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RESEARCH PAPERS

Increased Temperature Margins Due to Constraint Loss

[+] Author and Article Information
Bostjan Bezensek

Faculty of Mechanical Engineering,  University of Maribor, Smetanova 17, SI-2000 Maribor, Sloveniabostjan.bezensek@uni-mb.si

John W. Hancock

Department of Mechanical Engineering, University of Glasgow, Glasgow G12 8QQ, UKj.hancock@eng.gla.ac.uk

J. Pressure Vessel Technol 127(2), 173-178 (Jan 10, 2005) (6 pages) doi:10.1115/1.1903004 History: Received November 12, 2003; Revised January 10, 2005

Enhanced levels of toughness due to loss of crack tip constraint have been related to temperature shifts in the ductile–brittle transition curve. An argument to quantify the temperature shift is developed using the self-similarity of near-tip stress fields under contained yielding combined with scaling techniques developed by Dodds and co-workers (1-2) for cleavage. This allows the temperature changes which give the same stress field at failure in constrained and unconstrained fields to be determined. The procedure is illustrated using the data of Sherry (3) for an A533B pressure vessel steel. The results are consistent with empirical expressions proposed by Wallin (4), and enable a discussion of the micromechanics of cleavage.

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Copyright © 2005 by American Society of Mechanical Engineers
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References

Figures

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Figure 1

Toughness as a function of temperature for an A533B steel from Sherry, Lidbury, and Beardsmore (3,24)

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Figure 2

Constraint at failure as a function of temperature for an A533B steel from Sherry, Lidbury, and Beardsmore (3,24)

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Figure 3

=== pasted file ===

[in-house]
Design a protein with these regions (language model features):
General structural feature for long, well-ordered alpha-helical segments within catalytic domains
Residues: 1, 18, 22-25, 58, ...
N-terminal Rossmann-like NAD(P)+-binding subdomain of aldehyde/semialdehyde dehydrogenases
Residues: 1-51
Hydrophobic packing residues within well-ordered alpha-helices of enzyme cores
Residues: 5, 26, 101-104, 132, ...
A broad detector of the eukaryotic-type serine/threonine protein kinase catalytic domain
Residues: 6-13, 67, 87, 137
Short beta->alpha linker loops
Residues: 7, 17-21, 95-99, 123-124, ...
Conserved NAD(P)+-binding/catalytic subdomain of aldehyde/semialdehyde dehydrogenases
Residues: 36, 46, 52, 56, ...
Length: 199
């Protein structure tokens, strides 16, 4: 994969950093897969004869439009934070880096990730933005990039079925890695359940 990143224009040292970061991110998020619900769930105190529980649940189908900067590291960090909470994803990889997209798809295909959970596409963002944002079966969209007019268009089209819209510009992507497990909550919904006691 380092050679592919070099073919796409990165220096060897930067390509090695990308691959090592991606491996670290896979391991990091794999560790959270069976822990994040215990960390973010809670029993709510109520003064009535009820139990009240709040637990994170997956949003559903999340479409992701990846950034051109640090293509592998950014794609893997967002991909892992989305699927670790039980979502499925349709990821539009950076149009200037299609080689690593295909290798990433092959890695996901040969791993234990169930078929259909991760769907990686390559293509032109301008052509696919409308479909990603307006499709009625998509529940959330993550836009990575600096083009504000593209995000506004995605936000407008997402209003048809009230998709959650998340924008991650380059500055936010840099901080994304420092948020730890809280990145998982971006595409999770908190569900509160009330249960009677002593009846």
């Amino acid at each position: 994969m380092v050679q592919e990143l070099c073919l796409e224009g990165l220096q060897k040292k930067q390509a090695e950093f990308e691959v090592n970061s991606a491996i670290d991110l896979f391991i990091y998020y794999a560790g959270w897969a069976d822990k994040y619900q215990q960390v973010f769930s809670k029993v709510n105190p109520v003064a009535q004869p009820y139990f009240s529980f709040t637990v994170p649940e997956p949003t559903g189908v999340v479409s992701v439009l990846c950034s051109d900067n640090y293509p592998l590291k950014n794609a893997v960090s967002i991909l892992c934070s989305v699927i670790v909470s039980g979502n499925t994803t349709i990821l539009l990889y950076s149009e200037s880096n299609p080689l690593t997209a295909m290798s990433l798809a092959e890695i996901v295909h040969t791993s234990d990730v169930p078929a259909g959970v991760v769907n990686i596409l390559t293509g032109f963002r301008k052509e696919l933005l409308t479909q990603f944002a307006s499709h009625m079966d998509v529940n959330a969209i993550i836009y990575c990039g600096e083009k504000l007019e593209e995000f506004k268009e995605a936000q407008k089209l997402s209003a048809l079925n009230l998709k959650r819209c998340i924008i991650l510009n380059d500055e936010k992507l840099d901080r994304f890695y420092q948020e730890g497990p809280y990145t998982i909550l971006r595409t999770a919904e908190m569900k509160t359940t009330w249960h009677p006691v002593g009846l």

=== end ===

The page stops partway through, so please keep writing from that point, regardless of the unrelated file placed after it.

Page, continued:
The hoop stress directly ahead of the crack for constrained (T=0) and unconstrained (T<0) fields at a fixed value of J

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Figure 4

Plots of the hoop stress ahead of the crack, showing the unconstrained field (T=−0.61σoT<0) matched to the constrained (T=+0.1σoT>0) field by a change in the yield stress at a fixed fracture stress. Fields are determined at a fixed J and normalized with a constant.

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Figure 5

Stress contours for the hoop stress at three times yield stress of a constrained field, showing the unconstrained field (T=−0.61σoT<0) matched with the constrained (T=+0.1σoT>0) field by a change in the yield stress. Fields are determined at a fixed J and normalized with a constant.

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Figure 6

Temperature shift due to constraint loss by matching fields at a local fracture stress directly ahead of the crack for an A533B steel data from (3,24)

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Figure 7

Temperature shift due to constraint loss by matching fields using the Weibull stress model on an A533B steel data from (3,24)

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Figure 8

Temperature shift due to constraint loss by matching fields at a local fracture stress and by using the Master Curve approach of Wallin (4) on an A533B steel

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Figure 9

Underprediction of cleavage toughness at the upper end of the ductile-brittle transition using the RKR model; a∕w=0.5, σf=2300MPa, and rc=120μm

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Figure 10

Temperature dependent critical microstructural distance for deep and shallow cracked data, normalized with the individual lower shelf (LS) values

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